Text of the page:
Tesla CEO: 'We aim to have self-driving cars within 3 years'
Elon Musk says that the company won't be aiming for full autonomy, but an 'autopilot system' that still requires humans to be paying attention
Monday 31 March 2014
Self-driving autonomous cars could be on our roads within 3 years, Tesla’s CEO Elon Musk has said.
Speaking to the Financial Times Musk confirmed his company’s aspiration to build the first commercial self-drive vehicles – aiming to implement them within the Model S, Tesla’s landmark electric car.
Previously Musk has tweeted: “Intense effort underway at Tesla to develop a practical autopilot system for Model S” and “Engineers interested in working on autonomous driving, pls email email@example.com. Team will report directly to me.”
During the interview Musk referred to Tesla’s self-drive technology as “an autopilot” that could be switched on an off like an aeroplane's guidance systems. A fully-autonomous car that is entirely under computer control, he says, would be too dangerous with current technology.
Weary drivers were recently tantalised by photos of commuters in futuristic cars watching TV, chatting and looking anywhere but the road.
However, Musk himself admits that this may be a fantasy: “We should be able to do 90 per cent of miles driven within three years,” adding that fully autonomous cars may be “a bridge too far” for the near future.
The Tesla Model S sedan.
Tesla is not the only company that are pushing to the self-drive market. Mercedes and Nissan are also looking to take the prize of being the first to have an autonomous car ready for public roads; both have set 2020 as a likely date.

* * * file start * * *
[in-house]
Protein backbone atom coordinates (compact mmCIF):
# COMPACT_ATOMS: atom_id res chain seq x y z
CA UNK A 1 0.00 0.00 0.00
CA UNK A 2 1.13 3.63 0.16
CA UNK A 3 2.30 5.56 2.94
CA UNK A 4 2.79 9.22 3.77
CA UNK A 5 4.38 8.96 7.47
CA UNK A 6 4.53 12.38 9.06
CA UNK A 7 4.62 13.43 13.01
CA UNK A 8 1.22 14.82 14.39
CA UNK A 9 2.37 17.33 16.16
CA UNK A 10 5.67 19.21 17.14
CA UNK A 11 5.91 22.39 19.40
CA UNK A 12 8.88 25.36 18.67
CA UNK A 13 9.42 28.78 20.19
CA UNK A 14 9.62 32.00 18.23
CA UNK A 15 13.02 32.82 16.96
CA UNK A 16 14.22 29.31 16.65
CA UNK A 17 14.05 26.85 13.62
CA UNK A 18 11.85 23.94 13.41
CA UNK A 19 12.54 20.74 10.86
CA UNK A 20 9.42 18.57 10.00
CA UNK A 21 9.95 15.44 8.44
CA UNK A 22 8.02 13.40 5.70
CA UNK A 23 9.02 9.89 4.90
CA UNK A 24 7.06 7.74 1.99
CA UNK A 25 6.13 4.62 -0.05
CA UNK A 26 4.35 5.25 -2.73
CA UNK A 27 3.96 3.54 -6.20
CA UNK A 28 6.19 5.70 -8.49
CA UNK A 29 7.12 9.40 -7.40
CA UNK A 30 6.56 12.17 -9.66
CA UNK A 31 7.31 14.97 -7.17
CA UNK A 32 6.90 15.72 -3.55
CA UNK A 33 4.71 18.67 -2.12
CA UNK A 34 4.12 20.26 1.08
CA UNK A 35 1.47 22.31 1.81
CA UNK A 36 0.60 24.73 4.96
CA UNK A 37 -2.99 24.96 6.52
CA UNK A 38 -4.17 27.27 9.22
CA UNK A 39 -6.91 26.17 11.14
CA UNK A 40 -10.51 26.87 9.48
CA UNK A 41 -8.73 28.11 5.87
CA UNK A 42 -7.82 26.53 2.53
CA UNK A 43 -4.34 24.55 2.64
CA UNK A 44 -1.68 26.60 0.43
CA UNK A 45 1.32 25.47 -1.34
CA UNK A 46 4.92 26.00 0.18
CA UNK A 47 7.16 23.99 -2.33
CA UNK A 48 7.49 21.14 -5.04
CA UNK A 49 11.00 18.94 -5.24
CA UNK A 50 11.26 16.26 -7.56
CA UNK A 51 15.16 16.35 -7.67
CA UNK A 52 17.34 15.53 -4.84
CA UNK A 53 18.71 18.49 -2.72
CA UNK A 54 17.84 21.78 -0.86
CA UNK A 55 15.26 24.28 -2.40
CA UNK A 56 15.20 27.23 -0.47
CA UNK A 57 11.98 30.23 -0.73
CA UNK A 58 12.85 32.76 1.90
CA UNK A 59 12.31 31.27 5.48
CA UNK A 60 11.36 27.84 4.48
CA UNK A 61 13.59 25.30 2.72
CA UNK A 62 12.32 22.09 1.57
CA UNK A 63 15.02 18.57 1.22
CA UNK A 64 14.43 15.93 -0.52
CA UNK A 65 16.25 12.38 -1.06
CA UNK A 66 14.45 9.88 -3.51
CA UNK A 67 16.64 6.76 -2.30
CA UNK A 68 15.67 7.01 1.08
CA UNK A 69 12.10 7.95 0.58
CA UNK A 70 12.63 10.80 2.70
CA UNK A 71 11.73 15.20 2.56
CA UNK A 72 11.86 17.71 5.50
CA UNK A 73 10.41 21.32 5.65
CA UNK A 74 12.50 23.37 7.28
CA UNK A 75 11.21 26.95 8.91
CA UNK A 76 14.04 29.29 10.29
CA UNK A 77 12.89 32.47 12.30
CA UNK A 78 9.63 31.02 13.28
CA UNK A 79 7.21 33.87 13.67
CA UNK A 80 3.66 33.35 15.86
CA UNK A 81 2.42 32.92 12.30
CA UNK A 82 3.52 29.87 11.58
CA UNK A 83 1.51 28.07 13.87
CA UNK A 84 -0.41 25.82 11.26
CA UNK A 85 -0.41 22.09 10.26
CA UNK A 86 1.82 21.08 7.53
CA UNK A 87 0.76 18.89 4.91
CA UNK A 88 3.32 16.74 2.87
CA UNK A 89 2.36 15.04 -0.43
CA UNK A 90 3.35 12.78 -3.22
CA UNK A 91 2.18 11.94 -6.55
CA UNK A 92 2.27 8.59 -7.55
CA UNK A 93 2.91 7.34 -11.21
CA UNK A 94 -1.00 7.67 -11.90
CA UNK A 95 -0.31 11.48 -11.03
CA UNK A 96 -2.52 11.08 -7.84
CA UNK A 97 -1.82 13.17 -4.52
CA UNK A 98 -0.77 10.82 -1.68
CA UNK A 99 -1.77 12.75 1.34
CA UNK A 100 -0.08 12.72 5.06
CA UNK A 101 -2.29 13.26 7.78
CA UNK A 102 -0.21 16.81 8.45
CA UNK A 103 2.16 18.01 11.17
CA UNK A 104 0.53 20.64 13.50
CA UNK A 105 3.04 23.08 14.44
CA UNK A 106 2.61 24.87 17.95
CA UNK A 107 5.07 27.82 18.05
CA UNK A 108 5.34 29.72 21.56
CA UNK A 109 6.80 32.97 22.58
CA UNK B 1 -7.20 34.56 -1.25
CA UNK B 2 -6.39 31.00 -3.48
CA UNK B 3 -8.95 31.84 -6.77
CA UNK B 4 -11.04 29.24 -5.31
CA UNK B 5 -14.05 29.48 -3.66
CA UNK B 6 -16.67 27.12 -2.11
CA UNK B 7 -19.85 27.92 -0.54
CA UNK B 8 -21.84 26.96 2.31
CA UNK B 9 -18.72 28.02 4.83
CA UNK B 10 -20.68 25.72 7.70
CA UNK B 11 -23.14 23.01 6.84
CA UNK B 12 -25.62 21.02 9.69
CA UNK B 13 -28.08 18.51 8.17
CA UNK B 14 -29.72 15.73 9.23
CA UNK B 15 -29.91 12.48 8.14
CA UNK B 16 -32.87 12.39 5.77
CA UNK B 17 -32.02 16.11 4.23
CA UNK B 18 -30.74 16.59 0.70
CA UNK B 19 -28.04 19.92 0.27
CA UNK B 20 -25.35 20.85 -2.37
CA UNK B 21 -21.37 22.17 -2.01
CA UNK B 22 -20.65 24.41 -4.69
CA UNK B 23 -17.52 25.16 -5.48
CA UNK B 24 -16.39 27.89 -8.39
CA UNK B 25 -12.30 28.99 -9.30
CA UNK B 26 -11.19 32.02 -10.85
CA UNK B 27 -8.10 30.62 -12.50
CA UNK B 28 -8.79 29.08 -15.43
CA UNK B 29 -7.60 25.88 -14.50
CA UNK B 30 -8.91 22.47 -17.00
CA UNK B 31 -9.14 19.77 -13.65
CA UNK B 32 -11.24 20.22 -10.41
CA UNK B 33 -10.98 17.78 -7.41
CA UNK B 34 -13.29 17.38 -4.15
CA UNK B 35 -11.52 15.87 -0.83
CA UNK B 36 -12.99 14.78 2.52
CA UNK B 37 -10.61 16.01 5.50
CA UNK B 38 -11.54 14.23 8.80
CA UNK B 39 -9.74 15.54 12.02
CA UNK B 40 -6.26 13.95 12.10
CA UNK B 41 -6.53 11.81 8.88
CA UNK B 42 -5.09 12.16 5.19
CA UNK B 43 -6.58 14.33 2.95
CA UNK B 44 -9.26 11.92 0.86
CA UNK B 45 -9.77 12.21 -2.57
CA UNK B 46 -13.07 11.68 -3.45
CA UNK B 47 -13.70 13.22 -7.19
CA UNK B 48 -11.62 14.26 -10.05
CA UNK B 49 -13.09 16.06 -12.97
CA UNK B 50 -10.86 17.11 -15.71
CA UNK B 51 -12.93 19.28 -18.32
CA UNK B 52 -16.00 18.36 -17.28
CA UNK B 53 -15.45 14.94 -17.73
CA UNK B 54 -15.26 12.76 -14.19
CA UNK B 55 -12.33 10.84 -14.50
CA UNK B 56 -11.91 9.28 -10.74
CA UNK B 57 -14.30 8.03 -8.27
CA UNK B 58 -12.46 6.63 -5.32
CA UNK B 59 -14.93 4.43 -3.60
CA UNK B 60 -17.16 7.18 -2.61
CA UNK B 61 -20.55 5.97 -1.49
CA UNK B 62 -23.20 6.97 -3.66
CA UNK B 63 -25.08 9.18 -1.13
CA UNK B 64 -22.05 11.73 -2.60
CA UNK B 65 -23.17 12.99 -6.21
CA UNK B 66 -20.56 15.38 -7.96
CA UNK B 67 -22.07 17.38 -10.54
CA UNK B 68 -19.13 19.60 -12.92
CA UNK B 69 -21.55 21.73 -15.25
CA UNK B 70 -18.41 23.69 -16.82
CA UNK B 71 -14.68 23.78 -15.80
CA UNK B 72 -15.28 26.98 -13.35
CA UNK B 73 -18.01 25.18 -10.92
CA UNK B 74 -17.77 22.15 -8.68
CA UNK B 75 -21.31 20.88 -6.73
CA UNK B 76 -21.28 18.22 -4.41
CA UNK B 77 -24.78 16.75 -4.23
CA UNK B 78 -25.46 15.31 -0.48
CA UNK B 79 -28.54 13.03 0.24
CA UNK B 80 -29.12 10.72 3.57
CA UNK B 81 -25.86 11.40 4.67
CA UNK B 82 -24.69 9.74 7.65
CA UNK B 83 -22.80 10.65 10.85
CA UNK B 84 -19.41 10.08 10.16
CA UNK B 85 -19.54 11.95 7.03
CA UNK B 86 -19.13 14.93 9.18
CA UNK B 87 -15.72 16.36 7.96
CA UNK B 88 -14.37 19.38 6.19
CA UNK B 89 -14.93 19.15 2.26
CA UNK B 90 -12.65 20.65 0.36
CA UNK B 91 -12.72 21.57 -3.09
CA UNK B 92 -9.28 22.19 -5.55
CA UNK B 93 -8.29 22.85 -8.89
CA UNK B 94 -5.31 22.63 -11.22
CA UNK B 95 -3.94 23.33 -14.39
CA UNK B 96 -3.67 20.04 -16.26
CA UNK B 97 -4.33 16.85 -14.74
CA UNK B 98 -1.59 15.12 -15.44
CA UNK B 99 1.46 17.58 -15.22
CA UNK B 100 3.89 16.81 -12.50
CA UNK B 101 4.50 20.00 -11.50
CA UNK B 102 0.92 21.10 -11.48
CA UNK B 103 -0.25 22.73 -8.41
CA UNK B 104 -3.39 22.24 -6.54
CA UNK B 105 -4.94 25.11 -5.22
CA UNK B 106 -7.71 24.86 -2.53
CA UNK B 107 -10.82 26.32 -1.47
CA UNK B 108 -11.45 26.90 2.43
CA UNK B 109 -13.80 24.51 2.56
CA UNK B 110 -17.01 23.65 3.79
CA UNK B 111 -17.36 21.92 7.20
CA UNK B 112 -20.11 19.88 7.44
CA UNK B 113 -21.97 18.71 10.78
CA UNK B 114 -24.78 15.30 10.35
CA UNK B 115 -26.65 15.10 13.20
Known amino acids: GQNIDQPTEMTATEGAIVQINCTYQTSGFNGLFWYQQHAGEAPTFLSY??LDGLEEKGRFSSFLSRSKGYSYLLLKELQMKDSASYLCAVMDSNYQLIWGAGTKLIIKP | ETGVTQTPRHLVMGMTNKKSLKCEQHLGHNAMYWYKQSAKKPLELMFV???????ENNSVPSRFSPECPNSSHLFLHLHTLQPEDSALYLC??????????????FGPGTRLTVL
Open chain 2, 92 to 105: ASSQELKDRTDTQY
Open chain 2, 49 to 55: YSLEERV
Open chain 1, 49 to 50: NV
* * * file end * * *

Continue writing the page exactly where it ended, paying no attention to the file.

Mercedes took its fully-autonomous S-Class prototype on a 60-mile trip in Germany last month while Nissan showed a prototype self-drive car based on the Leaf at its Nissan 360 event in Arizona.
The idea of a self-driving car has come a long way since the Lexus LS460 jerkily parked its owner into a space a few feet from the curb. BMW has already developed its ‘Proactive Driving Assistant’ that aids the driver by telling him when to brake, accelerate and how far to turn the steering wheel though it doesn’t omit the need for an actual driver.
Tesla’s Model S has had a tumultuous journey to sale, having been blocked in many states by self-proclaimed ‘free-marketers’ hoping to protect more traditional brands. However, in 2013 sales totalled 18,000 units ranking it as third top selling plug-in car and top selling car in the full-size luxury sedan category, beating The Mercedes S-Class.
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